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“The Blind Side” Gets Blindsided

We prefer a safe mediocrity to a persuasive truth telling.

Baptist news wires recently carried the story about a successful protest by a Baptist preacher to remove a movie from Lifeway stores.  The movie is “The Blind Side,” starring Sandra Bullock.  It was based on the book by the same name by Michael Lewis, who also wrote, Liar’s Poker and Moneyball.

Michael Lewis

I happened to meet Michael Lewis years ago when he was writing the book, and he told me he was working on a “really interesting story.”  It was about a young man from the meanest streets of Memphis who was adopted by a family and placed in a white private Christian school.  The story is well known by now—Michael Oher went on to be a football star at the University of Mississippi and now plays for the Baltimore Ravens.

I bought and read the book when it came out, and went to see the film.  Football movies are pretty well required viewing in Alabama.  So I was more than amused with all the other moral problems at the moment—debt, wars, racism, the disintegration of families, and do I need to go on?—that a PG-13 movie could cause such an uproar.  According to the report,

LifeWay Christian Stores will no longer sell videos of “The Blind Side” after a Florida pastor proposed a resolution for next week’s Southern Baptist Convention annual meeting protesting the sale of a PG-13 movie that contains profanity and a racial slur…[the stores decided to] pull the movie, an inspirational film starring Sandra Bullock that tells the true story of a white Christian family that adopted a homeless black teenager who went on to play in the NFL, to avoid controversy at the June 19-20 SBC annual meeting in New Orleans.  [The pastor who brought the resolution] said there is much about the film to be commended, but there is no place in a Christian bookstore for a movie that includes explicit language that includes taking God’s name in vain.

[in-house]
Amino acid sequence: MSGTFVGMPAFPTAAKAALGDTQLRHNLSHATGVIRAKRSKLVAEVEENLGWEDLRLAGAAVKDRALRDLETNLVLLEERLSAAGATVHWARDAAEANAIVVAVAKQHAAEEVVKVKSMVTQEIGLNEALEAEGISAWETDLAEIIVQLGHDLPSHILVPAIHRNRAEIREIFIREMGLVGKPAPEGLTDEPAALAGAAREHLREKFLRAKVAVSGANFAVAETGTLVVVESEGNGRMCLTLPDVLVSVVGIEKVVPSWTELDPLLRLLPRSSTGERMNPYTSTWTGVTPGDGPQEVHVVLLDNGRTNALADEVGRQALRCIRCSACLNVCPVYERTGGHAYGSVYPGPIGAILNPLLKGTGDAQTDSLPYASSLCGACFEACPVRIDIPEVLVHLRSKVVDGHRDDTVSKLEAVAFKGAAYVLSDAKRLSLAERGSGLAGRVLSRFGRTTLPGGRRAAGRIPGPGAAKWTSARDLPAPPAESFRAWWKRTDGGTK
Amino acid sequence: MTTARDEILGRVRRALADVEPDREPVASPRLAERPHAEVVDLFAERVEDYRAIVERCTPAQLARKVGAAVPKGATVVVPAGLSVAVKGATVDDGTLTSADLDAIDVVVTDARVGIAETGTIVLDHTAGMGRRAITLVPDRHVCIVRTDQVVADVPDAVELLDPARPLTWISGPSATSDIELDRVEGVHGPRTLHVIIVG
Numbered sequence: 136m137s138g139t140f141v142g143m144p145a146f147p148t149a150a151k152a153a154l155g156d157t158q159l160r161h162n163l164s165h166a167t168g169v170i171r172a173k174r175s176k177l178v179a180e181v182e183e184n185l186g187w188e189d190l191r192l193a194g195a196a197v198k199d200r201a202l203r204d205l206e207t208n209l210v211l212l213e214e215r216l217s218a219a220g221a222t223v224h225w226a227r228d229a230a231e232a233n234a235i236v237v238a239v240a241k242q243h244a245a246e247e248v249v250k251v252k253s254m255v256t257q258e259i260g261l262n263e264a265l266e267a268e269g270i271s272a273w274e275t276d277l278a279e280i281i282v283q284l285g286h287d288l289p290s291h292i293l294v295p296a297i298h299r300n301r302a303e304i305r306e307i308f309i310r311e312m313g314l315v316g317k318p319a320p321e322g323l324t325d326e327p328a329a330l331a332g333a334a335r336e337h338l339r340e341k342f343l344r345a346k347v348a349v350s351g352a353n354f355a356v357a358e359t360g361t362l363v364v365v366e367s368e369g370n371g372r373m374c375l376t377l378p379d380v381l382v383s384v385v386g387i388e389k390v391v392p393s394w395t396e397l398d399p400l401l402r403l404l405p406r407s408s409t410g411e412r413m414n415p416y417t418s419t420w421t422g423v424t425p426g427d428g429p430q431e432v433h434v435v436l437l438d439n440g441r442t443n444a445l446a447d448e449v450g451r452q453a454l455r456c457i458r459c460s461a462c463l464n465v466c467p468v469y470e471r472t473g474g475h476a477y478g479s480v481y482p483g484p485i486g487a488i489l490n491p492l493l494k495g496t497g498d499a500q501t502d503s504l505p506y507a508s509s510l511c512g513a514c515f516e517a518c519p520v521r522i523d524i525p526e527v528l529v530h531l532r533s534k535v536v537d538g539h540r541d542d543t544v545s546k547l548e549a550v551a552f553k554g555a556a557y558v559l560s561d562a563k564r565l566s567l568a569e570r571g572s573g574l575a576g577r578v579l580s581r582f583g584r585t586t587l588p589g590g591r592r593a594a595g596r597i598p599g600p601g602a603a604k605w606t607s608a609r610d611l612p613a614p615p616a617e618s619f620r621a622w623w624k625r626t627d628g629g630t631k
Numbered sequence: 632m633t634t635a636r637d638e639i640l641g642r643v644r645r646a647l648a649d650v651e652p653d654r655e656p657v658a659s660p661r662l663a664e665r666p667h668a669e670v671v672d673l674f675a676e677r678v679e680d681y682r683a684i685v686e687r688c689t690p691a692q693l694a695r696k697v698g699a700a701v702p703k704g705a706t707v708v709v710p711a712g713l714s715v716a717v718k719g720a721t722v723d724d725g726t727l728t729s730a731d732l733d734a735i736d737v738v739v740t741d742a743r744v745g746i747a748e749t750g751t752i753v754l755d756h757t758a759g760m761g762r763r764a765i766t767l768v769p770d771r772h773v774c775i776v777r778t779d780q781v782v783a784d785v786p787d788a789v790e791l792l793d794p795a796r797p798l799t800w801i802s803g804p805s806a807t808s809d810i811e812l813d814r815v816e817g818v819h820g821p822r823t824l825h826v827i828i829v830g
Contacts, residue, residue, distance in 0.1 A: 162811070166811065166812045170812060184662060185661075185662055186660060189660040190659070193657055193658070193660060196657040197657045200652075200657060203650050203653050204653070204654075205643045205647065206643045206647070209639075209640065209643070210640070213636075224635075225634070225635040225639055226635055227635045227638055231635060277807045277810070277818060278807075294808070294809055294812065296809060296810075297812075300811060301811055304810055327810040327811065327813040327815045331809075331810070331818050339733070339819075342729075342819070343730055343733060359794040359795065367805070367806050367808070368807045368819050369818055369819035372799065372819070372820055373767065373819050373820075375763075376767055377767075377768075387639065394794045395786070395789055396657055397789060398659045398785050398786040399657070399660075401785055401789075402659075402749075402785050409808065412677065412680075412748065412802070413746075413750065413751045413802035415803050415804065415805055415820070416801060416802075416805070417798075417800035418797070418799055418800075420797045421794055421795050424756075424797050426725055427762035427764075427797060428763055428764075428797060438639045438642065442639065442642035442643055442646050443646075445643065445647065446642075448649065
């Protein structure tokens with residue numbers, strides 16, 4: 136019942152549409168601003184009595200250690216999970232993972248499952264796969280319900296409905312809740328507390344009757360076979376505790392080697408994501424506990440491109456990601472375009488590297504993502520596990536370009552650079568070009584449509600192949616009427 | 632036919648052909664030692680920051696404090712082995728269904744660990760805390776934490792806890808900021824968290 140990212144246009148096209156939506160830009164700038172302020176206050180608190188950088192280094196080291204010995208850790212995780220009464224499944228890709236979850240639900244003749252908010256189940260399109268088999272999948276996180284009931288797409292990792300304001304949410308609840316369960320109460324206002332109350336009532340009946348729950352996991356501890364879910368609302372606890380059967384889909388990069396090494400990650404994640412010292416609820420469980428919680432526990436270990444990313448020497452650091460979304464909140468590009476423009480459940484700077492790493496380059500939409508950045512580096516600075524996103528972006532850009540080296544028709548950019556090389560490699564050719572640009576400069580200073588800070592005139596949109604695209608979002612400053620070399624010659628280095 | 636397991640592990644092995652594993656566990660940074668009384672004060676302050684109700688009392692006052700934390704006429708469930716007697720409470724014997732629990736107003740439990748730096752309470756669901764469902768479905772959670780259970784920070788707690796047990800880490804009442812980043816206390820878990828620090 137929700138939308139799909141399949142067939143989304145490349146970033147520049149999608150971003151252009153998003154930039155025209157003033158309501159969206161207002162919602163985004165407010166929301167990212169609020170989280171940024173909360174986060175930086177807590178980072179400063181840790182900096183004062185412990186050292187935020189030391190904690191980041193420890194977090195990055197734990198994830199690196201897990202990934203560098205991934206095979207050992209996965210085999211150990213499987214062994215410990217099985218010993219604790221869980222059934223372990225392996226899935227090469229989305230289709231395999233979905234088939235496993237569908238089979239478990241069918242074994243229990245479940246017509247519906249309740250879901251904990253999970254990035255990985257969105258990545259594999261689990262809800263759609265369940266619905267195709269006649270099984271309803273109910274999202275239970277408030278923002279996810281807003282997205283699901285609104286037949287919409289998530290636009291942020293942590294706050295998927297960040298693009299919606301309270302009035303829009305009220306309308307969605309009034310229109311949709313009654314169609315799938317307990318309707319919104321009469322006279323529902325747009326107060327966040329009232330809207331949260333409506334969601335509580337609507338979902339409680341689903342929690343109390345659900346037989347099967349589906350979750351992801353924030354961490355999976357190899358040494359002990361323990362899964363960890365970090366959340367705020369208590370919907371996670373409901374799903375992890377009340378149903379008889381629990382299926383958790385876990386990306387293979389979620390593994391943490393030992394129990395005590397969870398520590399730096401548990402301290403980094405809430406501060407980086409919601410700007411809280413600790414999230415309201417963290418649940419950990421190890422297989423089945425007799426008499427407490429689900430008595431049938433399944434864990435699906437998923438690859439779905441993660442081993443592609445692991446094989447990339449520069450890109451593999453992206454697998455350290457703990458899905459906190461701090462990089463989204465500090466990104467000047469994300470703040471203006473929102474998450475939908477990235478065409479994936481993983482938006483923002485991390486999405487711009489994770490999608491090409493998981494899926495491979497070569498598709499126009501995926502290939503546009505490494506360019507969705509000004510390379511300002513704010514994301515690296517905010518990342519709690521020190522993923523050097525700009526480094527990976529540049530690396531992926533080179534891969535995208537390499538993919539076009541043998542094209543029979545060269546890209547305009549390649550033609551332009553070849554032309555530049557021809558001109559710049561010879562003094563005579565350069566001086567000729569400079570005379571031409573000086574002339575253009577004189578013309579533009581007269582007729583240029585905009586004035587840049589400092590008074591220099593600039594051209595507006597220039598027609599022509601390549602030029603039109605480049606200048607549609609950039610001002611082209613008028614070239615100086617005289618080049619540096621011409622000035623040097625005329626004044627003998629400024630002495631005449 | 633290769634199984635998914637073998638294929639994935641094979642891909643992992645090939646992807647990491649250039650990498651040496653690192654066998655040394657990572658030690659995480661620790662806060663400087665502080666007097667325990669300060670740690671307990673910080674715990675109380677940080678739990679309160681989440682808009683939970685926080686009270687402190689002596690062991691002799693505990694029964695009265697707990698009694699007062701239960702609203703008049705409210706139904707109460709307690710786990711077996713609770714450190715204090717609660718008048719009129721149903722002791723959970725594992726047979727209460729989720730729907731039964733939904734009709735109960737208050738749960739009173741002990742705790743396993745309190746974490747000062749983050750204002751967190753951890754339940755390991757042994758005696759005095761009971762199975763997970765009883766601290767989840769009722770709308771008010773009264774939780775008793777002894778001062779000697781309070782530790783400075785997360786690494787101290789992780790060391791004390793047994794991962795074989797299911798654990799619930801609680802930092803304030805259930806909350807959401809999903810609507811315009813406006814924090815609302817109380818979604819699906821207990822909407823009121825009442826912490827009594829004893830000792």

I get it.  It’s Baptist to speak your mind.  I know language has become debased and misused.  And, it’s the right of any store and its owners to sell or not sell what it wishes.  Still, it stirred a few thoughts about the mostly non-existent tie between Christians, especially evangelical ones, and the world of the arts.  And why fewer people want to be Baptists.

Walter Brueggemann once said that in the book of Leviticus, which for some odd reason has become a moral center for a lot of people today, there is an emphasis on holiness as “purity.”  There are other forms of holiness in scripture—moral and ethical righteousness, for one, that sometimes comes into conflict with the notion of purity.  Jesus encountered this among the Pharisees, who could not do the deeper right things for fear of disturbing their own ethic of remaining personally removed from what might compromise, taint and violate their ethic of purification holiness.

I have thought a lot about Brueggemann’s distinction since I first read it.  Somehow, a fully biblical notion requires more than avoiding “impurities.”  Yet purity is important.  An obsession seems to lead always to a rather puny moral energy that dispirits more than it inspires.  Inevitably, it ends up with an account of morality that is always boycotting, removing itself from sinners and sin, and circling the wagons.

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